Historic Ideas That Aged Like Complete Garbage

Historic Ideas That Aged Like Complete Garbage

Khalid Elhassan - July 11, 2020

Throughout history, many an idea seemed brilliant when first introduced, but turned out to be not so bright in hindsight. For example, there was a decades-long stretch in the twentieth century, when millions of shoe shoppers were exposed to dangerous levels of radiation from shoe-store X-ray machines. Or the time when an earlier iteration of Exxon bragged about its ability to melt millions of tons of glaciers per day. Following are forty fascinating things about seemingly great ideas that aged like garbage.

Historic Ideas That Aged Like Complete Garbage
An olden days shoe store. Pinterest

40. The Idea to Use X-Ray Machines in Shoe Stores

Finding out if a shoe fits one’s foot is pretty straight-forward. The idea and execution are pretty basic: put the shoes on your feet, then walk up and down the store aisle for a bit to see how they feel. However, back in the 1920s, 30s, 40s, 50s, 60s, and into the 70s, things were different in many shoe stores across America and Europe.

For about five decades in the twentieth century, many shoe stores overthought the simple concept of trying on shoes, and decided to get overly fancy and science-y with it. Instead of sticking to the tried and true practice of just letting people try on shoes, shoe stores decided to use radiation machines to blast their customers’ feet with unshielded X-rays.

Historic Ideas That Aged Like Complete Garbage
An X-Ray Shoe Fitter device. Wired Magazine

39. The Idea Behind X-Ray Shoe Fitters

In the early 1920s, Dr. Jacob Lowe demonstrated a modified medical device at shoe retailer conventions in Boston and Milwaukee, that X-rayed people’s feet. Other inventors in the same period had the same idea, and came up with similar devices. Known as Shoe-Fitting Fluoroscopes, and also sold under the names X-Ray Shoe Fitters, Pedoscopes, and Foot-O-Scopes, the devices were metal constructions covered in wood, about four feet high.

Installed in shoe stores, child or adult customers would don a pair of shoes in which they were interested, stick their feet into the device while standing, then look down through a porthole at an X-ray view of their feet in the shoes. The bones and the shoe outline were clearly visible. A pair of other viewing portholes on the machine’s sides allowed the shoe salesman and anybody else accompanying the customer to look at the toes wiggling, to get an idea of how much space there was in the shoes.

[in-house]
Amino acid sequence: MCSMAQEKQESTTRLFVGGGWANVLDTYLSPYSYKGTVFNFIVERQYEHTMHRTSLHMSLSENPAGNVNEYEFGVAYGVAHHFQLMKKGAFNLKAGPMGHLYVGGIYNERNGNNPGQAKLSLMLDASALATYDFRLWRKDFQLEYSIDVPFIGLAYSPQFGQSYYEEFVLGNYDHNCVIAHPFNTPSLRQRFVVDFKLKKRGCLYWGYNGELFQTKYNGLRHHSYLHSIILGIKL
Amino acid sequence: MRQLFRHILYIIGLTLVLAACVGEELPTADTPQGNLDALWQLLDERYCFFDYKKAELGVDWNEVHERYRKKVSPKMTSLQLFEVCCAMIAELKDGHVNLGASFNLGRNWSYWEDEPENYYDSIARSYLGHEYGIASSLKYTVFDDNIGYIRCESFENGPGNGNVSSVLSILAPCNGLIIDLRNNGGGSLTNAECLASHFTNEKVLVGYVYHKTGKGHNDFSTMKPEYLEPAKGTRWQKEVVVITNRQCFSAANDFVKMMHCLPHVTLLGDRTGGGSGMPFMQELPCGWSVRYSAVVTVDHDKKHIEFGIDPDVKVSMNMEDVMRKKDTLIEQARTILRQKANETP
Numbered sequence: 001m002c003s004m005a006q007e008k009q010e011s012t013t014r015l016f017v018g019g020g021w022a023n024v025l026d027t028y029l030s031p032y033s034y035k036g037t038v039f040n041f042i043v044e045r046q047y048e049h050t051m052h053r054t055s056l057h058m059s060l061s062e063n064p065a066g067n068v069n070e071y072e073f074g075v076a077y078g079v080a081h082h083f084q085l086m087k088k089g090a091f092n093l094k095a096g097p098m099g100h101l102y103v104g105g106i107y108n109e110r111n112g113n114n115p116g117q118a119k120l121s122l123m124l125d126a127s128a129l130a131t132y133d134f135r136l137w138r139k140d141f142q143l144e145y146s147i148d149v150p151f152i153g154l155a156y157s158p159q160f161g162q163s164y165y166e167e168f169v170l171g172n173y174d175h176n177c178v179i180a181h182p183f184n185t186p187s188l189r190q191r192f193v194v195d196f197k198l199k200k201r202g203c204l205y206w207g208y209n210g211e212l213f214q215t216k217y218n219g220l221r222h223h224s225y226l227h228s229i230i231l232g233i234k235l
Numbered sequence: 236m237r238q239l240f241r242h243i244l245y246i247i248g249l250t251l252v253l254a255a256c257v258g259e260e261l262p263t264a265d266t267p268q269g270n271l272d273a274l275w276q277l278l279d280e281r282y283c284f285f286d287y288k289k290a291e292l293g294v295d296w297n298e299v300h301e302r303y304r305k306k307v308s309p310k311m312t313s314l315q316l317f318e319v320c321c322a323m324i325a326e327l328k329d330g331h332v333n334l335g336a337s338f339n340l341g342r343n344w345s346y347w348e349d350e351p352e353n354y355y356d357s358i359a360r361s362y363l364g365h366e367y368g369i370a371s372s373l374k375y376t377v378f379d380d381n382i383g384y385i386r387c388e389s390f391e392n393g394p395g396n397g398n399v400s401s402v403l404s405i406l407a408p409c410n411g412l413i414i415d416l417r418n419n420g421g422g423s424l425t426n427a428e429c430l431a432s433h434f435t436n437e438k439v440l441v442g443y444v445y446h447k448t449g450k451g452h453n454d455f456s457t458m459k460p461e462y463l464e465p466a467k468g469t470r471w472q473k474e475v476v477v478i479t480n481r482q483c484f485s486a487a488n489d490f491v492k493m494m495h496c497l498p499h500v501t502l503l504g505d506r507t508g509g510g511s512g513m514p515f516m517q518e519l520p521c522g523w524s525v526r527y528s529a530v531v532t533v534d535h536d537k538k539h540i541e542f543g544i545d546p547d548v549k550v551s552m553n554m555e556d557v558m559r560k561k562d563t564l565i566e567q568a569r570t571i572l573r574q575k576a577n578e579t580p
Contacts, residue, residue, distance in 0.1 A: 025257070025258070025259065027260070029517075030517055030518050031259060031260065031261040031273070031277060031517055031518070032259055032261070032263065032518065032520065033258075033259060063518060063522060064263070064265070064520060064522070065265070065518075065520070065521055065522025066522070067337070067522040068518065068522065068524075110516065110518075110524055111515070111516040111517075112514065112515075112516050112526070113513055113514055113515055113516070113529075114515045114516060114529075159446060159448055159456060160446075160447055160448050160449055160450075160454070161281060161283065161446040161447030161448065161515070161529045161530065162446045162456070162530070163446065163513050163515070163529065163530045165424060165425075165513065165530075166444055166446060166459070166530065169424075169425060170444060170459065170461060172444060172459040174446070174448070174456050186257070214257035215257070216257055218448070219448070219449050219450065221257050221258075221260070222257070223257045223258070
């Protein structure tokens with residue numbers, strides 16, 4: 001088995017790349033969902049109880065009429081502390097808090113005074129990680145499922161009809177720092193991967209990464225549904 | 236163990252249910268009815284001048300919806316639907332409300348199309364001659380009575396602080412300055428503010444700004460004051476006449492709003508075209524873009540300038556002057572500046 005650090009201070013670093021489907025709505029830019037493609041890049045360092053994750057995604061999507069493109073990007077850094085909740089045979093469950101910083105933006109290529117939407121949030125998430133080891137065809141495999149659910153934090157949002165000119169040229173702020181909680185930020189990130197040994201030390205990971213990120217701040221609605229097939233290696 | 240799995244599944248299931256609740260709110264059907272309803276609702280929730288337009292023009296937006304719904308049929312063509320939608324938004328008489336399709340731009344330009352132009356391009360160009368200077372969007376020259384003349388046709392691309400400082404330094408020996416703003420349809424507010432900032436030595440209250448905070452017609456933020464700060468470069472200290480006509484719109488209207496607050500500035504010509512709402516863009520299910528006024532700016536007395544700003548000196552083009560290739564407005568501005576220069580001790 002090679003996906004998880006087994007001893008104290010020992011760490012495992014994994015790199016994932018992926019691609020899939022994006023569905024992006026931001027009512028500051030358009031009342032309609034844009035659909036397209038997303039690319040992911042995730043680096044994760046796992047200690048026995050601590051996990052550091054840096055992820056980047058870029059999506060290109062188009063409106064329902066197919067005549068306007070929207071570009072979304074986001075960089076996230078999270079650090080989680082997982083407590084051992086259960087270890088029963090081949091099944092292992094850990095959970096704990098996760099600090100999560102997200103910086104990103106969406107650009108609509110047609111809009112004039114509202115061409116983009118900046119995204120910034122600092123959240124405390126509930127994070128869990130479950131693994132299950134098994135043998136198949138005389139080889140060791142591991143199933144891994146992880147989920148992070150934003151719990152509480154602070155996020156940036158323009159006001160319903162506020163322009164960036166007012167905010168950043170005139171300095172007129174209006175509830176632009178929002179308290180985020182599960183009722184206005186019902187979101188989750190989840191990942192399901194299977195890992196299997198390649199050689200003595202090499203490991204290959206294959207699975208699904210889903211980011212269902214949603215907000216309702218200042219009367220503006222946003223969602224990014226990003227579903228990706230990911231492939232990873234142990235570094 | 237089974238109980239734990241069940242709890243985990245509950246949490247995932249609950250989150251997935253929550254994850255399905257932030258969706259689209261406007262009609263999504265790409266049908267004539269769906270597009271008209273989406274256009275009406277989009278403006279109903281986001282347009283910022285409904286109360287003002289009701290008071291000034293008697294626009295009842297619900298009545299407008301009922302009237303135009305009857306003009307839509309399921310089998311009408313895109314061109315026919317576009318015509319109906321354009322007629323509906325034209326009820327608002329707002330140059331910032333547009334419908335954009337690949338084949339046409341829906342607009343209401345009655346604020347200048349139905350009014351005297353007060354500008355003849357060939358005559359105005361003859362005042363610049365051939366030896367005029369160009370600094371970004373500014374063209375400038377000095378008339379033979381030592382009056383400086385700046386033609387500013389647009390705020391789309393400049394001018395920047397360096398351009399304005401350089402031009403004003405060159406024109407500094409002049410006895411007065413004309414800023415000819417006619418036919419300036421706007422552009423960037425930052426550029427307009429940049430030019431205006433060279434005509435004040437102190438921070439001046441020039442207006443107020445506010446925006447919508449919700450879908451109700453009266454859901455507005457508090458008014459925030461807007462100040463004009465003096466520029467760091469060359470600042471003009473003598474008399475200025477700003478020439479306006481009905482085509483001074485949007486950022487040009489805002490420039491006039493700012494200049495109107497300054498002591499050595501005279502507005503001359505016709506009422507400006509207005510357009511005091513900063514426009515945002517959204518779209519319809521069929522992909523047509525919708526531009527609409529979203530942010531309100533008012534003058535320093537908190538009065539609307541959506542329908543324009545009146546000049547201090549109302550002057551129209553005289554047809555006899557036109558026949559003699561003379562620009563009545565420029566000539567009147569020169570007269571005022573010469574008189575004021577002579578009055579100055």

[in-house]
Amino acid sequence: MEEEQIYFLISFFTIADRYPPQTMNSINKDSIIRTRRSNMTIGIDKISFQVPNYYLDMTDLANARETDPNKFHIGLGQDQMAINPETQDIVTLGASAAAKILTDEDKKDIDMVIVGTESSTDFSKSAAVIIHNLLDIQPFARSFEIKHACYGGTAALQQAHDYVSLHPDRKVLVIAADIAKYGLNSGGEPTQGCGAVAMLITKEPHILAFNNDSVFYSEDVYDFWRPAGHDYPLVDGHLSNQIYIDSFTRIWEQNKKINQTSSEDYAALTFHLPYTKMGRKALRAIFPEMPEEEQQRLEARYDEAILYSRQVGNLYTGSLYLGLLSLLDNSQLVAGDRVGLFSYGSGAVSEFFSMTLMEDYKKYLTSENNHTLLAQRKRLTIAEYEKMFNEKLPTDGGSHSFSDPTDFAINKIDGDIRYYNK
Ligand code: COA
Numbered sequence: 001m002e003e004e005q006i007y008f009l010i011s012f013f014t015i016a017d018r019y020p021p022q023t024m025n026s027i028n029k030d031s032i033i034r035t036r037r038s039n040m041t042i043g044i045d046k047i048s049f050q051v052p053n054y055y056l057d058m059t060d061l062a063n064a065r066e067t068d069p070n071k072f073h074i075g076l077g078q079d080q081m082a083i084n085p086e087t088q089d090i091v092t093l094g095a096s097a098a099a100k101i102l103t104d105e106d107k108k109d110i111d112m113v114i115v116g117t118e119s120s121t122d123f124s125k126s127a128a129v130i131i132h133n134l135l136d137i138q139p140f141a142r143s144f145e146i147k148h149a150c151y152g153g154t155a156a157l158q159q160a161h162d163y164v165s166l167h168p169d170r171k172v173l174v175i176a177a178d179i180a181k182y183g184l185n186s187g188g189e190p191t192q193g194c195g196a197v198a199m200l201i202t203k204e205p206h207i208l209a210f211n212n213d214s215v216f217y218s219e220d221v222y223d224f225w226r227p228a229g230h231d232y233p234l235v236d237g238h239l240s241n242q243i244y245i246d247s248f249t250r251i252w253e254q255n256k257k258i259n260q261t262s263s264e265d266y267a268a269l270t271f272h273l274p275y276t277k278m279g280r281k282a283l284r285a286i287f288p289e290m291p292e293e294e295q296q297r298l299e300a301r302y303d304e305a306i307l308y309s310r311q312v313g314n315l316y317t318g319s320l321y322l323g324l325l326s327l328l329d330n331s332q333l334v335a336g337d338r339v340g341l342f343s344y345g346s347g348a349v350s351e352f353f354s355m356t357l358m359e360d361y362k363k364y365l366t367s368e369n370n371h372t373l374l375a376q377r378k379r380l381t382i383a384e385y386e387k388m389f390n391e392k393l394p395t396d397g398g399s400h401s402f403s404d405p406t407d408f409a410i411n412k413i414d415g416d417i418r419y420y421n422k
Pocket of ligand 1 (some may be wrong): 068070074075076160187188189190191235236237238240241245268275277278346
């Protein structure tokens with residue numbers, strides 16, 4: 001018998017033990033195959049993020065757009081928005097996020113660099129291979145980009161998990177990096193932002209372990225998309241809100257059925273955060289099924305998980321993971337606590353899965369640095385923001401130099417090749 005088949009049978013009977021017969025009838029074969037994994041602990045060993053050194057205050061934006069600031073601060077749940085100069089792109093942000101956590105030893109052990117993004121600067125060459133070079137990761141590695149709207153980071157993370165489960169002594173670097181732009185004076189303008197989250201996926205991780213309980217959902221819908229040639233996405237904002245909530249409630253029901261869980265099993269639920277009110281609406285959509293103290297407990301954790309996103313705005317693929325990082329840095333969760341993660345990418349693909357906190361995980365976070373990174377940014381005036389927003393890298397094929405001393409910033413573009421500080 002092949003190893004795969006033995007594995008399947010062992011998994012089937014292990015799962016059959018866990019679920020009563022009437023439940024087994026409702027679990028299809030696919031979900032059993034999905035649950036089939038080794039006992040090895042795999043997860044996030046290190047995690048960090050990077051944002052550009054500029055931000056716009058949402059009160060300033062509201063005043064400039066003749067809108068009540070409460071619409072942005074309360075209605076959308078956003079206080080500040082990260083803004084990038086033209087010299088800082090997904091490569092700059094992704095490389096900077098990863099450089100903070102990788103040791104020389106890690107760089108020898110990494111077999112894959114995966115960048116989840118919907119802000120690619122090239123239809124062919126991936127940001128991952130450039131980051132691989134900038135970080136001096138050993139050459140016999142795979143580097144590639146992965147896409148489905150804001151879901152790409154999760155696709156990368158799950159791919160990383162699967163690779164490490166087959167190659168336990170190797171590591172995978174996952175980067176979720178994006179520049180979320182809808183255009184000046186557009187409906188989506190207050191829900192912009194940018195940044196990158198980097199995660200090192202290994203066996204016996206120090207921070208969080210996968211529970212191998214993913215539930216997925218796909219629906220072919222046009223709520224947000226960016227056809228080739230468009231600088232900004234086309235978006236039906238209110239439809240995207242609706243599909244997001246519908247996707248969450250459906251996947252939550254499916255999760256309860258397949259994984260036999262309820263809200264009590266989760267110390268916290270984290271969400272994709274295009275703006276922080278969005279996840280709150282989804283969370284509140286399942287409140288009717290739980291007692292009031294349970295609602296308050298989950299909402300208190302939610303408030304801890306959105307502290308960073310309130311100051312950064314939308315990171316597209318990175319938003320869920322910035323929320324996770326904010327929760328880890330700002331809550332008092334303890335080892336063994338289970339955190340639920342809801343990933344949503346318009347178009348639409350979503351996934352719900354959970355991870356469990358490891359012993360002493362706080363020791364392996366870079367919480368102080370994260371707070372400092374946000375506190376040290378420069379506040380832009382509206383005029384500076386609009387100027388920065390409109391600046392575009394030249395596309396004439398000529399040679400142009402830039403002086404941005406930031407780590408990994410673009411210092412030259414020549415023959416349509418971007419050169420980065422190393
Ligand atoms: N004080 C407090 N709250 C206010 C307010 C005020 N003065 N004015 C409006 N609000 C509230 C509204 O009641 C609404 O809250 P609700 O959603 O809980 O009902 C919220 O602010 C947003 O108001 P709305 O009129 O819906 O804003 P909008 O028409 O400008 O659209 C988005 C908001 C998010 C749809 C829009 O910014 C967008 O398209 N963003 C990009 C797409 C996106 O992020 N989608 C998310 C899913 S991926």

Historic Ideas That Aged Like Complete Garbage
An X-Ray Shoe Fitter in action. Amusing Planet

38. A Bad Idea

On its face, the basic idea behind X-Ray Shoe Fitters was brilliant. The drawback was that nobody paid attention to the dangers inherent in using unshielded X-rays around people. Especially when done frequently. Even more especially when blasted directly up at the customers’ genitals, which were located directly above the device as they stood over it while the machine X-rayed their feet.

Back then, people were either ignorant of the risks of radiation exposure, or did not take them seriously. The X-Ray Shoe Fitter devices were supposed to be shielded, but the shield was usually removed to improve the image quality or to make the device lighter. As a result, a significant amount of radiation was scattered in all directions, bathing the bodies of the customers and shoe salespeople in harmful X-rays. Unsurprisingly, there were severe downsides and side effects.

Historic Ideas That Aged Like Complete Garbage
X-ray of a shoe-clad foot. Imgur

37. X-Ray Shoe Fitters Bathed Everybody in the Vicinity With Dangerous Radiation

A typical X-Ray Shoe Fitter viewing lasted about 20 seconds, during which the machine delivered about half the radiation of a chest CT scan. Many customers tried on more than one pair of shoes, and thus ended up getting exposed to additional X-ray doses with each pair. Even people sitting in the waiting room got exposed to radiation.